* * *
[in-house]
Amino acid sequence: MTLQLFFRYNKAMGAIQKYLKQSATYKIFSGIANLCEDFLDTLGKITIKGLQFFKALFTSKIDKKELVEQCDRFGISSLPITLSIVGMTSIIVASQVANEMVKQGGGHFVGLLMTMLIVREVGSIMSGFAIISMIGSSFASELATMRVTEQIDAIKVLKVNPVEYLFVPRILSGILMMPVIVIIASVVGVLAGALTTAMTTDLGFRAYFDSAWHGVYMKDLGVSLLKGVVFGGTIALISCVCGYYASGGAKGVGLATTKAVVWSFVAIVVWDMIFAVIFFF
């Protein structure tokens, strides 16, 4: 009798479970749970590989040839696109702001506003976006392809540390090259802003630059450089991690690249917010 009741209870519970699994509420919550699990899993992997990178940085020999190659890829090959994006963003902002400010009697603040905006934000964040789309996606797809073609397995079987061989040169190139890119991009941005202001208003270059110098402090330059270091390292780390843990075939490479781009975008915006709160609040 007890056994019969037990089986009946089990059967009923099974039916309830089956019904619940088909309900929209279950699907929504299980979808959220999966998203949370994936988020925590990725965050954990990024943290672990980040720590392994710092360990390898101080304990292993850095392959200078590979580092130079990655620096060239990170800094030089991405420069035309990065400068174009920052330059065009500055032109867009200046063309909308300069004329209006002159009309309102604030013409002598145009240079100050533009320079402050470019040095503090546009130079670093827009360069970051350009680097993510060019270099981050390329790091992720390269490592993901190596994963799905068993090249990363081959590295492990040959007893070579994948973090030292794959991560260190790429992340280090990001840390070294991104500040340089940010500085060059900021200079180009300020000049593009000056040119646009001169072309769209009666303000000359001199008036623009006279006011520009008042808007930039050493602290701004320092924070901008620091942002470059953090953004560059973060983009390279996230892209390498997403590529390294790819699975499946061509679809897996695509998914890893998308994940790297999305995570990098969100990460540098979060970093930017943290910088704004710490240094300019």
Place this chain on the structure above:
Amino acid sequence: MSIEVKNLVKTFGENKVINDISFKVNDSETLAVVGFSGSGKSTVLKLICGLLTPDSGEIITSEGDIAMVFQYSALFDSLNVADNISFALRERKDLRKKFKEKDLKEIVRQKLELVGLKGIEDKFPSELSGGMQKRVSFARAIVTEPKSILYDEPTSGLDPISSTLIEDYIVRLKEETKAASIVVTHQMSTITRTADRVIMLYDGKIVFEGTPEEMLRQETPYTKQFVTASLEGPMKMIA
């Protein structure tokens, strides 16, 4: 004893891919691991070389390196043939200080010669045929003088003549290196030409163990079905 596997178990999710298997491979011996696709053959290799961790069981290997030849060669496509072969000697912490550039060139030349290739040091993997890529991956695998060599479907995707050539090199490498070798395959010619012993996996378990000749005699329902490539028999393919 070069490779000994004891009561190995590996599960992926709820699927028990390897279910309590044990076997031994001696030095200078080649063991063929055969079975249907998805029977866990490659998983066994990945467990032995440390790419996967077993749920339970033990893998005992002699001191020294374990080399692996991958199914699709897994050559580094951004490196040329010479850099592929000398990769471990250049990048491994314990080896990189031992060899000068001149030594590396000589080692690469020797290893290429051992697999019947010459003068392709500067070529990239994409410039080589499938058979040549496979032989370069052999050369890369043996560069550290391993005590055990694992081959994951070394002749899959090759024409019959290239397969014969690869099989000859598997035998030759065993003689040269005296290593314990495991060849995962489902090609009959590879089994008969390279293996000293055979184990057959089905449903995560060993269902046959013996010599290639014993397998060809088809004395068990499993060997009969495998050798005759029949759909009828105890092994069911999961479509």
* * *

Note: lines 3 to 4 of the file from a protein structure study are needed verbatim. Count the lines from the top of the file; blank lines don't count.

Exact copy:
């Protein structure tokens, strides 16, 4: 009798479970749970590989040839696109702001506003976006392809540390090259802003630059450089991690690249917010 009741209870519970699994509420919550699990899993992997990178940085020999190659890829090959994006963003902002400010009697603040905006934000964040789309996606797809073609397995079987061989040169190139890119991009941005202001208003270059110098402090330059270091390292780390843990075939490479781009975008915006709160609040 007890056994019969037990089986009946089990059967009923099974039916309830089956019904619940088909309900929209279950699907929504299980979808959220999966998203949370994936988020925590990725965050954990990024943290672990980040720590392994710092360990390898101080304990292993850095392959200078590979580092130079990655620096060239990170800094030089991405420069035309990065400068174009920052330059065009500055032109867009200046063309909308300069004329209006002159009309309102604030013409002598145009240079100050533009320079402050470019040095503090546009130079670093827009360069970051350009680097993510060019270099981050390329790091992720390269490592993901190596994963799905068993090249990363081959590295492990040959007893070579994948973090030292794959991560260190790429992340280090990001840390070294991104500040340089940010500085060059900021200079180009300020000049593009000056040119646009001169072309769209009666303000000359001199008036623009006279006011520009008042808007930039050493602290701004320092924070901008620091942002470059953090953004560059973060983009390279996230892209390498997403590529390294790819699975499946061509679809897996695509998914890893998308994940790297999305995570990098969100990460540098979060970093930017943290910088704004710490240094300019």
Place this chain on the structure above: